For many people on the centre-left, populism is a dirty word, and a shorthand for the politics of bigotry. In this country, it has tended to be equated with the angry legions of New Zealand First. Who knew they were not just a reactionary spasm, but the wave of the future? More>>

Oxfam: 30% Of NZ Owns Less Wealth Than Our Two Richest Men

The research also reveals that the richest one per cent have 20 per cent of the wealth in New Zealand, while 90 per cent of the population owns less than half of the nation’s wealth. The research forms part of a global report released to coincide with this week’s annual meeting of political and business leaders at the World Economic Forum in Davos, Switzerland. More>>

ALSO:

Hospitals: Resident Doctors Set To Strike Again

Despite discussions between the DHBs and NZRDA over safer hours for resident doctors progressing during the last week, the strike planned for next week appears set to proceed. More>>

ALSO:

Not So Super Fund: More Burning Ethical Questions For Steven Joyce

Greens: Radio New Zealand reported this morning that the New Zealand Superfund has $77 million invested in 47 coal companies that the Norwegian Government’s Pension Fund – the largest sovereign fund in the world – has blacklisted. More>>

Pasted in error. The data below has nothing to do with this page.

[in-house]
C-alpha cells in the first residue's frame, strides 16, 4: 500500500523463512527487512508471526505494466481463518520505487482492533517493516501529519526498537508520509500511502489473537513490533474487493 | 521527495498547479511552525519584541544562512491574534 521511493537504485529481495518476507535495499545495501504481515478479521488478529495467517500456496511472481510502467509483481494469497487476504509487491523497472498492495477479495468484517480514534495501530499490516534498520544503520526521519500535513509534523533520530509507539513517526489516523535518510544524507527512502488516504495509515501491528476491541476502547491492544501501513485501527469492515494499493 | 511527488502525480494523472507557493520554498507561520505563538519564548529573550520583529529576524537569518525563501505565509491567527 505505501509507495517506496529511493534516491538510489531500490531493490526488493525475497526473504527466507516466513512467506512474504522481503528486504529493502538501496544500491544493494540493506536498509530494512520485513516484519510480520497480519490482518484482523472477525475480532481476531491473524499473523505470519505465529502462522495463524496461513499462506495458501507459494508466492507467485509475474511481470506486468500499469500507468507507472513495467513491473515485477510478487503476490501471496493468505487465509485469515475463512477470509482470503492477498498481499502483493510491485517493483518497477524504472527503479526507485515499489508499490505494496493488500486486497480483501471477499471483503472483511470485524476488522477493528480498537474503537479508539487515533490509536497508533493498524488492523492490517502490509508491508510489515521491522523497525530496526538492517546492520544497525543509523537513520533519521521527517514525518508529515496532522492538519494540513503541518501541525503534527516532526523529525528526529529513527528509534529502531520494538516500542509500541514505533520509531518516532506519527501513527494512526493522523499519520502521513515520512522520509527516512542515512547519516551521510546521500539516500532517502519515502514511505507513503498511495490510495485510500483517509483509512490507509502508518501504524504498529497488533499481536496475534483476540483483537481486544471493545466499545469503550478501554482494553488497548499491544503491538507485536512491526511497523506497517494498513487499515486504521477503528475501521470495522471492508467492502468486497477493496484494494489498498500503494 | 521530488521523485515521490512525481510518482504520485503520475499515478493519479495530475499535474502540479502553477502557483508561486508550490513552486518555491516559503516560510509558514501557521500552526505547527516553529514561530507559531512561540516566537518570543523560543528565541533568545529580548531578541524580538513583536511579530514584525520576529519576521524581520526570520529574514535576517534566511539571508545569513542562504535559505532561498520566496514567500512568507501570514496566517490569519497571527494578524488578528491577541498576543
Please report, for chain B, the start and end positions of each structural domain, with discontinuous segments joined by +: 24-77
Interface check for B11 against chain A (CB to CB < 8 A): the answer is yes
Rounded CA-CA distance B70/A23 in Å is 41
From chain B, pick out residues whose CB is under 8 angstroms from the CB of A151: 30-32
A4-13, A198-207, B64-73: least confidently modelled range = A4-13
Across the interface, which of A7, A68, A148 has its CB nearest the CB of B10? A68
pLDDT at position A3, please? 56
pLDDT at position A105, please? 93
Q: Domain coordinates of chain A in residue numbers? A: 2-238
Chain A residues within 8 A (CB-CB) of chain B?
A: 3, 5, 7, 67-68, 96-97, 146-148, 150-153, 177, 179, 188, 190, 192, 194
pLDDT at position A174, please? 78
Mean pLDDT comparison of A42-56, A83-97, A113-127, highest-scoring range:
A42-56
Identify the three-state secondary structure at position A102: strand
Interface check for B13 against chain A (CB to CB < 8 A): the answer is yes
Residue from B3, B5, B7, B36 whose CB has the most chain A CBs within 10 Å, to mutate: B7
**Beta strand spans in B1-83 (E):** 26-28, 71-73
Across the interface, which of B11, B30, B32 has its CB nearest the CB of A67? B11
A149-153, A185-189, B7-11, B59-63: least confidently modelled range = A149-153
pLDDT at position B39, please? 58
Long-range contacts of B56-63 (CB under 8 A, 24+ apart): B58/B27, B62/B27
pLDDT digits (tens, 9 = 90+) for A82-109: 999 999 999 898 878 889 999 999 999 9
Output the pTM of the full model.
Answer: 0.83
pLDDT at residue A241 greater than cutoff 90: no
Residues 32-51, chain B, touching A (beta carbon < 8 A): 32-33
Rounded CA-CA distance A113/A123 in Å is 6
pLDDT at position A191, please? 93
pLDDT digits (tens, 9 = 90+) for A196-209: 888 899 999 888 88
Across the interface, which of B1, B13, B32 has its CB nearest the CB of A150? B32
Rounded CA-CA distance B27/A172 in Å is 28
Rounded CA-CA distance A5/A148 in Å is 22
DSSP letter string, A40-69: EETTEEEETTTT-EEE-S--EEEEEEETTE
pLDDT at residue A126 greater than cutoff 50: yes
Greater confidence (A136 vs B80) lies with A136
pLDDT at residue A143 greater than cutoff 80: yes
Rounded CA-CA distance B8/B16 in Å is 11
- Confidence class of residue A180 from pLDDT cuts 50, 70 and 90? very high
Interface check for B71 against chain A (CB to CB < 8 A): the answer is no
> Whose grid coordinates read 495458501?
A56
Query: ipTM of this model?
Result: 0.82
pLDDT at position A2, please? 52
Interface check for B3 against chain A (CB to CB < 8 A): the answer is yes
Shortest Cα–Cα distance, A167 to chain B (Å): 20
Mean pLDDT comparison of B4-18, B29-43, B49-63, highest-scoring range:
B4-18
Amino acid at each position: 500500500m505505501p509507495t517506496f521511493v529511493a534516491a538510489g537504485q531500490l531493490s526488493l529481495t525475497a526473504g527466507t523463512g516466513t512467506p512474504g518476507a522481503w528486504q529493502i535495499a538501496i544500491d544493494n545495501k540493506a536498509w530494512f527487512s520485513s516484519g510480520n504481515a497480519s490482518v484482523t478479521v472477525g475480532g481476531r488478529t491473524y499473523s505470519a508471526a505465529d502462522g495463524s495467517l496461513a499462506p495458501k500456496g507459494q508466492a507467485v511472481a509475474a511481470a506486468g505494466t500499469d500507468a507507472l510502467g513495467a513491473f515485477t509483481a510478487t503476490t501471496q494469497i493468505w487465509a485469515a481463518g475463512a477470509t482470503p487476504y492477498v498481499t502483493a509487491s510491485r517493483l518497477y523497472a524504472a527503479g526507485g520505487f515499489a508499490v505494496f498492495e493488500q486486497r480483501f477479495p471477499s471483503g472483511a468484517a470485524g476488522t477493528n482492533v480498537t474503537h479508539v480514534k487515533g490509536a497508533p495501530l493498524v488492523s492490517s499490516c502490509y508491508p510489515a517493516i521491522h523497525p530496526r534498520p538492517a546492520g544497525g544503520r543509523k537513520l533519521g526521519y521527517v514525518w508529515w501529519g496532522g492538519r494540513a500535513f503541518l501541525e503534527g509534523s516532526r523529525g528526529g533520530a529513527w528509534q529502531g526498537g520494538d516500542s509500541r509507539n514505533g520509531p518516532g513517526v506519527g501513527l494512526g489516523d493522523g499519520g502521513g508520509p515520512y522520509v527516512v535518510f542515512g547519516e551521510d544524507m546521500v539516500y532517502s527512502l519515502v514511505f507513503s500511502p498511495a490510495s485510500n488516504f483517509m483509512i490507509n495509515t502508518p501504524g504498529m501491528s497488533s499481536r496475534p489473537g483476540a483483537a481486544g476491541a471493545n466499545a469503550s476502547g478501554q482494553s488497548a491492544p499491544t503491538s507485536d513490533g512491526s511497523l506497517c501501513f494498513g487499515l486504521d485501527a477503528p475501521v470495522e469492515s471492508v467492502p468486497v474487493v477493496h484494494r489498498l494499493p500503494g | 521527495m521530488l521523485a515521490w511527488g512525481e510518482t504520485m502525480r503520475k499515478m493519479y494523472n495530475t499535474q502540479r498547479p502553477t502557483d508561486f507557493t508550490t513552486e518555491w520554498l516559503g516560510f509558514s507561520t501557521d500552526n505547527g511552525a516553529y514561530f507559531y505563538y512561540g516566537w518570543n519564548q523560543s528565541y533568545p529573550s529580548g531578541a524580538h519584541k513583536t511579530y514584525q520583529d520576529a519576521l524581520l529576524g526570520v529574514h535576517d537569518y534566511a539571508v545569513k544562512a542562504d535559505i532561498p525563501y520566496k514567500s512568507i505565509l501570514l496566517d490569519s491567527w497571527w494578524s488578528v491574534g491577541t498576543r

Activism: Greenpeace Intercepts World’s Biggest Seismic Oil Ship

Greenpeace crew have made contact with the world’s biggest seismic oil ship after travelling 50 nautical miles on two rigid-hulled inflatables off the coast of Wairarapa... Greenpeace radioed the master of the Amazon Warrior to deliver an open letter of protest signed by over 60,000 New Zealanders. More>>

ALSO:

Gordon Campbell: Why Tax Cuts In 2017 Would Be A (Proven) Bad Idea

Ever since the world fell prey to the mullahs of the free market in the 1980s, no amount of real world evidence has managed dispel one key tenet of their economic faith. Namely, the idea that if you cut income taxes and taxes on small business, a wave of individual enterprise and entrepreneurial energy will thus be unleashed, profits will rise and – hey bingo! – the tax cuts will soon be paying for themselves ... More>>

Get More From Scoop

 

LATEST HEADLINES

 
 
 
 
 
 
 
 
Politics
Search Scoop  
 
 
Powered by Vodafone
NZ independent news